When weather conditions indicate there is a high risk of wildfire, we change the protective settings on our equipment in south Eugene and the McKenzie Valley. These protective measures include modifying high-voltage electric switches and relays. Just like a circuit breaker in your home, the switch senses when trouble occurs—such as a tree branch falling on the line—and shuts off the power. We will not re-energize the line until we visually inspect it and confirm with public safety partners there is no fire in the area.
Red flag warnings
We activate this extra level of protection in areas at higher risk for wildfire when the National WeatherService issues a Red Flag Warning—typically related to high winds, high temperatures and low humidity. While enhanced protective settings help reduce wildfire risk, customers should anticipate that it will take longer to restore power when these more sensitive settings are in place.
What is a PSPS?
A Public Safety Power Shutoff (PSPS) is an operational practice EWEB may use to preemptively shut off power in certain high-risk areas to reduce wildfire risks during extreme and potentially dangerous weather conditions. A PSPS means EWEB will proactively de-energize power and is considered an action of last resort to help protect public safety.
A PSPS is a different mitigation measure than our Protective Settings operating mode. A PSPS proactively de-energizes power lines, whereas protective settings modify the sensitivity of high-voltage electric switches and relays to sense when trouble occurs and shuts off the power.
How will you be notified of a PSPS event?
Whenever possible, EWEB will notify customers approximately 48 hours in advance of a potential PSPS event and again approximately 24 hours before de-energizing lines. EWEB is also committed to providing updates during the outage and restoration process. Depending on the event, we will use a variety of communication methods, including social media, our website, direct communication via email or phone, and news media channels. Weather events and wildfire situations can be dynamic so while we will strive for 24-48 hours advance notice, this may not always be possible. For email alerts about a PSPS, sign up for our Emergency Alerts and Preparedness E-Newsletter.
How long will it last?
Several variables affect how long a PSPS might last. Power may remain de-energized for as long as the Red Flag Warning is issued or while weather conditions continue to pose a potential fire risk. While we will work to restore power as quickly and safely as possible, it’s important to be ready for power outages and to have an emergency plan.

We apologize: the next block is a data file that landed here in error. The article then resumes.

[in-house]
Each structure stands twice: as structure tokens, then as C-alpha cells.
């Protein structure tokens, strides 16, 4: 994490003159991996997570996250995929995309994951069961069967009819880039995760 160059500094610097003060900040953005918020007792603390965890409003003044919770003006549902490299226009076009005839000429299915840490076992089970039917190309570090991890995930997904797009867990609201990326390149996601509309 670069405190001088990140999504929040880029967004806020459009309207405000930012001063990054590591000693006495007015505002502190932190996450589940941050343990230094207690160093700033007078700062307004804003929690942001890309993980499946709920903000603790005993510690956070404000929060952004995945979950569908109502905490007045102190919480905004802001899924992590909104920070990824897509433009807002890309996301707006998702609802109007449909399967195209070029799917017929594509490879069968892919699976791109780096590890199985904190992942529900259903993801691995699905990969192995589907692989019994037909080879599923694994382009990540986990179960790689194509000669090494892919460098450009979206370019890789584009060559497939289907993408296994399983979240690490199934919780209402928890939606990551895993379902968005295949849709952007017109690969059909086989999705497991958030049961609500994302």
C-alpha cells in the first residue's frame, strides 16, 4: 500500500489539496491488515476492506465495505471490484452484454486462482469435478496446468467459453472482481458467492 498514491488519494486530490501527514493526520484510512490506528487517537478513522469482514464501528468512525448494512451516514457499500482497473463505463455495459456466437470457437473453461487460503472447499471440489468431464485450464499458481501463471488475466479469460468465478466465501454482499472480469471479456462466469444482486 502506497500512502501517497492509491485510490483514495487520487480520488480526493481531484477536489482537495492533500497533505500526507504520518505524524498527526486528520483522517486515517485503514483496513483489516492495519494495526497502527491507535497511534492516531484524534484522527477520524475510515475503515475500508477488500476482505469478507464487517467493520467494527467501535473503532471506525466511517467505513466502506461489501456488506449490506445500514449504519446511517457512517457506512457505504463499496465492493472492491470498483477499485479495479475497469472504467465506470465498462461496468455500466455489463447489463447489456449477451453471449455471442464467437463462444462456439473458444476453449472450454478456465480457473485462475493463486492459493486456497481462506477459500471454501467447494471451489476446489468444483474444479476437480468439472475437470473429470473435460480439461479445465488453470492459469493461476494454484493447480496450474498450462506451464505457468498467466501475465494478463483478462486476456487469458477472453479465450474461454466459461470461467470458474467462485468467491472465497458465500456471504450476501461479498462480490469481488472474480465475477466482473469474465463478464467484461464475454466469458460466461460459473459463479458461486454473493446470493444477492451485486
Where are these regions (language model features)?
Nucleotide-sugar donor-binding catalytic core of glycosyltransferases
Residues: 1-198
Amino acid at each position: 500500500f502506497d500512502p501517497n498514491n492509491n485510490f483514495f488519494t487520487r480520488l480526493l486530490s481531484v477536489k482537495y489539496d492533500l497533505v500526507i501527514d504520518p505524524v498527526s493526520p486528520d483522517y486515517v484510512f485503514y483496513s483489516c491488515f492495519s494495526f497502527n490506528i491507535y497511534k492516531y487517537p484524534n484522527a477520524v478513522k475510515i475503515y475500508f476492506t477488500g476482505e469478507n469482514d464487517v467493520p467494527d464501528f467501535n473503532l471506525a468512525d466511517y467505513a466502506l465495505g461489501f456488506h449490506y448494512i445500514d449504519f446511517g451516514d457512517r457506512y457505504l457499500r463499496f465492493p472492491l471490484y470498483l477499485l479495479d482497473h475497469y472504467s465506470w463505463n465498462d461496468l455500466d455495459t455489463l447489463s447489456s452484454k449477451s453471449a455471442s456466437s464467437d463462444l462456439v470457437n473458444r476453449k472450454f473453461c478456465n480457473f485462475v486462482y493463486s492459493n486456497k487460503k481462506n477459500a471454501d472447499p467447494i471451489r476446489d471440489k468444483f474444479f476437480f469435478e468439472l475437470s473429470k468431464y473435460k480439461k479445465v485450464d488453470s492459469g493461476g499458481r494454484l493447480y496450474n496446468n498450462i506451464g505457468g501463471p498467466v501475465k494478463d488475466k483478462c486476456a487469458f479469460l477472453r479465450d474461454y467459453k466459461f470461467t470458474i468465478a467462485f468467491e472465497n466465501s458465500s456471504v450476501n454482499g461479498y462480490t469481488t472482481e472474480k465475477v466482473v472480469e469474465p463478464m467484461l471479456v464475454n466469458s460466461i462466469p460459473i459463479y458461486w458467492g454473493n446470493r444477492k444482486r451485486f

How long before power is restored?
Once the threat of wildfire has passed, our crews will visually inspect the power lines to check for any damage or safety concerns before restoring power. As these inspections can only occur during daylight hours, customers should be prepared to be without power for an extended time during a PSPS.
Restoration will take longer than the de-energization process because crews need to visually patrol the lines to make sure equipment is safe to operate and work with our public safety partners to ensure there is no active fire in the vicinity before re-energizing power.
What about medically fragile customers?
There is no way to guarantee any home or facility will never experience an outage. That’s why we encourage customers with medical needs and facilities that care for vulnerable populations and depend on electricity for medical equipment to have a backup source of power and contingency plans in the event of an outage.
If you have, or care for someone with, significant health needs that require electricity, please let us know by calling 541-685-7000.
Just as we manage vegetation to keep trees away from power lines, it's important for you to create a line of defense around your property by clearing dead trees and brush away from your property, particularly if you live in the south hills and other heavily forested areas of our community.
When selecting a new tree to plant, follow the "Right Tree, Right Place" approach. By picking the proper species and planting procedure, you can increase public safety, reduce power outages, reduce the need for routine pruning, and promote healthy, beautiful trees.
Everyone should have a plan for how you and your family will stay safe from wildfire. During wildfire season and year-round, we encourage customers to have an emergency plan and ensure your household is ready for a prolonged power or water disruption. Check out our emergency preparedness page for tips and resources.
Check out these resources for more information on what to do before, during, and after a wildfire:
Together, we prepare. Find information about preparing your household for an emergency, and learn about EWEB's Water Reliability Initiative.
For your power outage to be recorded and put on a restoration plan, you must report the outage. Call 1-844-484-2300 or text 'out' to 893932. Standard message and data rates may apply.